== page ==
Date:September 9, 2016
Asbestos is a deadly carcinogen, known to cause lung cancer and mesothelioma while killing an average 15,000 people a year in the United States. It is a group of minerals that occur naturally as a bundle of fibers, found all over the world. These fibers can be useful because they are strong, resistant to heat and many chemicals, and don’t conduct electricity. It is because of these qualities that this material has been used as an insulating material for hundreds of years.
Inhaling asbestos fibers is the most common way to be exposed. Although its use is not as frequent today as during the early part of the 20th century, inhalation is still a persistent risk. Any time a building with asbestos is demolished or renovated, it can be released into the air. At the same time, materials that contain asbestos can break down over time and also release particles into the air.
Where could asbestos be lurking in your home? Click here to expand.
Until recently the law of the land involving toxic substances was the outdated Toxic Substances Control Act (TSCA) of 1976. This act provided the Environmental Protection Agency (EPA) with the “authority to require reporting, record-keeping and testing requirements, and restrictions relating to chemical substances and/or mixtures.” TSCA included regulations for the production, importation, use and disposal of asbestos.
Unfortunately, the law hadn’t been revisited for 40 years! However, the Frank Lautenberg Chemical Safety for the 21st Century Act was recently signed into law. This new law amends and updates the outmoded TSCA by including stricter regulatory standards, and replaces TSCA’s old cost-benefit safety standard with a new health-based safety standard. This new standard opens the doors for the EPA to officially ban asbestos in the U.S., something it has been trying to do for many years.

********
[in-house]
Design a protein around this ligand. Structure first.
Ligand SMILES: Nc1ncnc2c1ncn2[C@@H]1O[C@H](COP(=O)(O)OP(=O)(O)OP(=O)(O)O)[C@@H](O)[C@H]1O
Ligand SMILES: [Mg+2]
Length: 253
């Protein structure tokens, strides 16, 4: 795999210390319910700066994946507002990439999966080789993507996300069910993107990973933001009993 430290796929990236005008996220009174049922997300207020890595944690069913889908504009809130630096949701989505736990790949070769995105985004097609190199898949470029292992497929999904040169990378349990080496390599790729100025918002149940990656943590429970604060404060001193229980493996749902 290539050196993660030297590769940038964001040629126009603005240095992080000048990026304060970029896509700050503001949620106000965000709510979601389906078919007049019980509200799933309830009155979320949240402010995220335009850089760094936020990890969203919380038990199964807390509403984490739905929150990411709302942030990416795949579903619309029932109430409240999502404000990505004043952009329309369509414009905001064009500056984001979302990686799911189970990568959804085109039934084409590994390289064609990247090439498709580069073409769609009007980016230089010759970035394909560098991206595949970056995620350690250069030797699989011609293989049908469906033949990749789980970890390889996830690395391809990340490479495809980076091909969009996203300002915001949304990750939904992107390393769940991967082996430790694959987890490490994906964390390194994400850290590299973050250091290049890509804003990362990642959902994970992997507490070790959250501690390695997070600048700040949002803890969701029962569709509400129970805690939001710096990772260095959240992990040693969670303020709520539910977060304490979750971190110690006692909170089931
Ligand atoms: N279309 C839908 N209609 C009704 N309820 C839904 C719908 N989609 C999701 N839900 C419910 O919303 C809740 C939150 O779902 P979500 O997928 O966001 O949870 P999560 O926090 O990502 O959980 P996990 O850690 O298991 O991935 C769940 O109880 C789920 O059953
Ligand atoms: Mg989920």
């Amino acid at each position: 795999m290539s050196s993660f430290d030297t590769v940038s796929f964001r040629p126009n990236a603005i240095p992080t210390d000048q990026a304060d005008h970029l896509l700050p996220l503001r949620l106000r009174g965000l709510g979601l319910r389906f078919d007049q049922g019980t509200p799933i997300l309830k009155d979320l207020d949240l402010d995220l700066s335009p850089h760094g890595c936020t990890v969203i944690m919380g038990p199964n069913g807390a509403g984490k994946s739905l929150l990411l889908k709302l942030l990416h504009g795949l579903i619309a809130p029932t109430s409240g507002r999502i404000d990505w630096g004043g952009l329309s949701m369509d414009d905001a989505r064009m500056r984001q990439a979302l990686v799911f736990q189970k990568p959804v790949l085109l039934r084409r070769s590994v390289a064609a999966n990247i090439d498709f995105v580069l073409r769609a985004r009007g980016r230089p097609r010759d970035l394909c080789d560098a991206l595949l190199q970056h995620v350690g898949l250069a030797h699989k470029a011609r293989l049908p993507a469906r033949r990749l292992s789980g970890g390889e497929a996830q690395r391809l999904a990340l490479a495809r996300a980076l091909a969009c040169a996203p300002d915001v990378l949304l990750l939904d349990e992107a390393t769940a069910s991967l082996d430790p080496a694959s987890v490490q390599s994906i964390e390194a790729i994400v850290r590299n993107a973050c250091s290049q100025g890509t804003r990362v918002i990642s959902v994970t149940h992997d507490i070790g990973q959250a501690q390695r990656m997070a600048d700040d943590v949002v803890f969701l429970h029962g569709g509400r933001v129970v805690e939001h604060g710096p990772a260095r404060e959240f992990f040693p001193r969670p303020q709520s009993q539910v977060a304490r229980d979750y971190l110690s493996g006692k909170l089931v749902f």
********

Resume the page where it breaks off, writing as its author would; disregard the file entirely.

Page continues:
Asbestos risks can be found everywhere, but there are ways to protect yourself and your children from exposure. Here is a brief overview, but click here for a complete guide to identifying and preventing potential risks.
Your employer should be following all Occupational Safety & Health Administration (OSHA) regulations for hazardous chemicals, but be sure to take your own precautions and report any unsafe working conditions.
Most asbestos exposure occurs during home renovations. If you’re planning on tackling any home improvement projects, protect yourself and your family.
At School and In Public Buildings
About half of all schools in the United States were built from 1950 to 1969, when this dangerous substance was a common construction material. The EPA requires all schools to inspect any asbestos-containing materials every three years, as well as have a management plan in place. You can request to see a school’s management plan at any time. In addition, you can keep an eye out for any possible contaminated materials, including: